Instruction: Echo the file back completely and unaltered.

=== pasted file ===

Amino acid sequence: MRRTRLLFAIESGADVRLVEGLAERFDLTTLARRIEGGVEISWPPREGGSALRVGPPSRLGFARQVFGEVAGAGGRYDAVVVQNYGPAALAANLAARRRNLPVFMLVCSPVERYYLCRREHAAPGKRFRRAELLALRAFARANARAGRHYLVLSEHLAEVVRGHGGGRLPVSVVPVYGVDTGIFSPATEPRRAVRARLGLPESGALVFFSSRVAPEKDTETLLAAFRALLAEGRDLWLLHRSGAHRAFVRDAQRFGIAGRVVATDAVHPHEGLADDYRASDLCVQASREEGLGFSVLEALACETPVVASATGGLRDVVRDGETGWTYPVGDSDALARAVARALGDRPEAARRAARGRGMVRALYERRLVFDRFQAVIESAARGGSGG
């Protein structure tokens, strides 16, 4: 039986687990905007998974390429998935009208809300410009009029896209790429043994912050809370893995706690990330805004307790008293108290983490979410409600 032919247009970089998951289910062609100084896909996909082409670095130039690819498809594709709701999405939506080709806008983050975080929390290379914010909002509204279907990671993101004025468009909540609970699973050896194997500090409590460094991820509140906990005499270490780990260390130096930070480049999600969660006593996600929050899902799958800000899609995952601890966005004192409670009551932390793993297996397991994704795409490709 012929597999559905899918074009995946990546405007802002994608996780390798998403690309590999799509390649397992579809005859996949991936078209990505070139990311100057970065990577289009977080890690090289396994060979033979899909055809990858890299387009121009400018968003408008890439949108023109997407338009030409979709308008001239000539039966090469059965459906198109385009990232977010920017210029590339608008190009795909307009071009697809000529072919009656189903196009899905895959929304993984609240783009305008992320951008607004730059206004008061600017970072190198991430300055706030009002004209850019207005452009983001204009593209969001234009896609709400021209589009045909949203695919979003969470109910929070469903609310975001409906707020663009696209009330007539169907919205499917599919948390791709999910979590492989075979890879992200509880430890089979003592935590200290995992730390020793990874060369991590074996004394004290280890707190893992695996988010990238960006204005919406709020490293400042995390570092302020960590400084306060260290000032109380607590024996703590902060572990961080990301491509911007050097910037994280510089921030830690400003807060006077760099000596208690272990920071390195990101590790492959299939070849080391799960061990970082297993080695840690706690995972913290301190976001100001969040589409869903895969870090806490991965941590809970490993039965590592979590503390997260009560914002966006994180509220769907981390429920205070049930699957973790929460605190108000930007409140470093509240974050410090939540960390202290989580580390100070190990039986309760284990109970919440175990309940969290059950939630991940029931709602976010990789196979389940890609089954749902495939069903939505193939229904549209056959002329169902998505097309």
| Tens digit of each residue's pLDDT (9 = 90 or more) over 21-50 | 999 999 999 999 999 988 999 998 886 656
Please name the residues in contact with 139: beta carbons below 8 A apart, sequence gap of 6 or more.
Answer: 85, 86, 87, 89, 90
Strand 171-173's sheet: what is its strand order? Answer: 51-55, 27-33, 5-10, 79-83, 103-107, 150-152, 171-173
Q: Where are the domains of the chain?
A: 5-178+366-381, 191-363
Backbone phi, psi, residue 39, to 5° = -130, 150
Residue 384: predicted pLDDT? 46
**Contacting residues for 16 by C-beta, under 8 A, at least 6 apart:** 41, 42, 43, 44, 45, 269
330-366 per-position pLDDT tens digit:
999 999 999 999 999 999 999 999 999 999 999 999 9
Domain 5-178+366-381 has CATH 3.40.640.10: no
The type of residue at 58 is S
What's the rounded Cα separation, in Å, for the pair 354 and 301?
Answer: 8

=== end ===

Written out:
Amino acid sequence: MRRTRLLFAIESGADVRLVEGLAERFDLTTLARRIEGGVEISWPPREGGSALRVGPPSRLGFARQVFGEVAGAGGRYDAVVVQNYGPAALAANLAARRRNLPVFMLVCSPVERYYLCRREHAAPGKRFRRAELLALRAFARANARAGRHYLVLSEHLAEVVRGHGGGRLPVSVVPVYGVDTGIFSPATEPRRAVRARLGLPESGALVFFSSRVAPEKDTETLLAAFRALLAEGRDLWLLHRSGAHRAFVRDAQRFGIAGRVVATDAVHPHEGLADDYRASDLCVQASREEGLGFSVLEALACETPVVASATGGLRDVVRDGETGWTYPVGDSDALARAVARALGDRPEAARRAARGRGMVRALYERRLVFDRFQAVIESAARGGSGG
């Protein structure tokens, strides 16, 4: 039986687990905007998974390429998935009208809300410009009029896209790429043994912050809370893995706690990330805004307790008293108290983490979410409600 032919247009970089998951289910062609100084896909996909082409670095130039690819498809594709709701999405939506080709806008983050975080929390290379914010909002509204279907990671993101004025468009909540609970699973050896194997500090409590460094991820509140906990005499270490780990260390130096930070480049999600969660006593996600929050899902799958800000899609995952601890966005004192409670009551932390793993297996397991994704795409490709 012929597999559905899918074009995946990546405007802002994608996780390798998403690309590999799509390649397992579809005859996949991936078209990505070139990311100057970065990577289009977080890690090289396994060979033979899909055809990858890299387009121009400018968003408008890439949108023109997407338009030409979709308008001239000539039966090469059965459906198109385009990232977010920017210029590339608008190009795909307009071009697809000529072919009656189903196009899905895959929304993984609240783009305008992320951008607004730059206004008061600017970072190198991430300055706030009002004209850019207005452009983001204009593209969001234009896609709400021209589009045909949203695919979003969470109910929070469903609310975001409906707020663009696209009330007539169907919205499917599919948390791709999910979590492989075979890879992200509880430890089979003592935590200290995992730390020793990874060369991590074996004394004290280890707190893992695996988010990238960006204005919406709020490293400042995390570092302020960590400084306060260290000032109380607590024996703590902060572990961080990301491509911007050097910037994280510089921030830690400003807060006077760099000596208690272990920071390195990101590790492959299939070849080391799960061990970082297993080695840690706690995972913290301190976001100001969040589409869903895969870090806490991965941590809970490993039965590592979590503390997260009560914002966006994180509220769907981390429920205070049930699957973790929460605190108000930007409140470093509240974050410090939540960390202290989580580390100070190990039986309760284990109970919440175990309940969290059950939630991940029931709602976010990789196979389940890609089954749902495939069903939505193939229904549209056959002329169902998505097309």
| Tens digit of each residue's pLDDT (9 = 90 or more) over 21-50 | 999 999 999 999 999 988 999 998 886 656
Please name the residues in contact with 139: beta carbons below 8 A apart, sequence gap of 6 or more.
Answer: 85, 86, 87, 89, 90
Strand 171-173's sheet: what is its strand order? Answer: 51-55, 27-33, 5-10, 79-83, 103-107, 150-152, 171-173
Q: Where are the domains of the chain?
A: 5-178+366-381, 191-363
Backbone phi, psi, residue 39, to 5° = -130, 150
Residue 384: predicted pLDDT? 46
**Contacting residues for 16 by C-beta, under 8 A, at least 6 apart:** 41, 42, 43, 44, 45, 269
330-366 per-position pLDDT tens digit:
999 999 999 999 999 999 999 999 999 999 999 999 9
Domain 5-178+366-381 has CATH 3.40.640.10: no
The type of residue at 58 is S
What's the rounded Cα separation, in Å, for the pair 354 and 301?
Answer: 8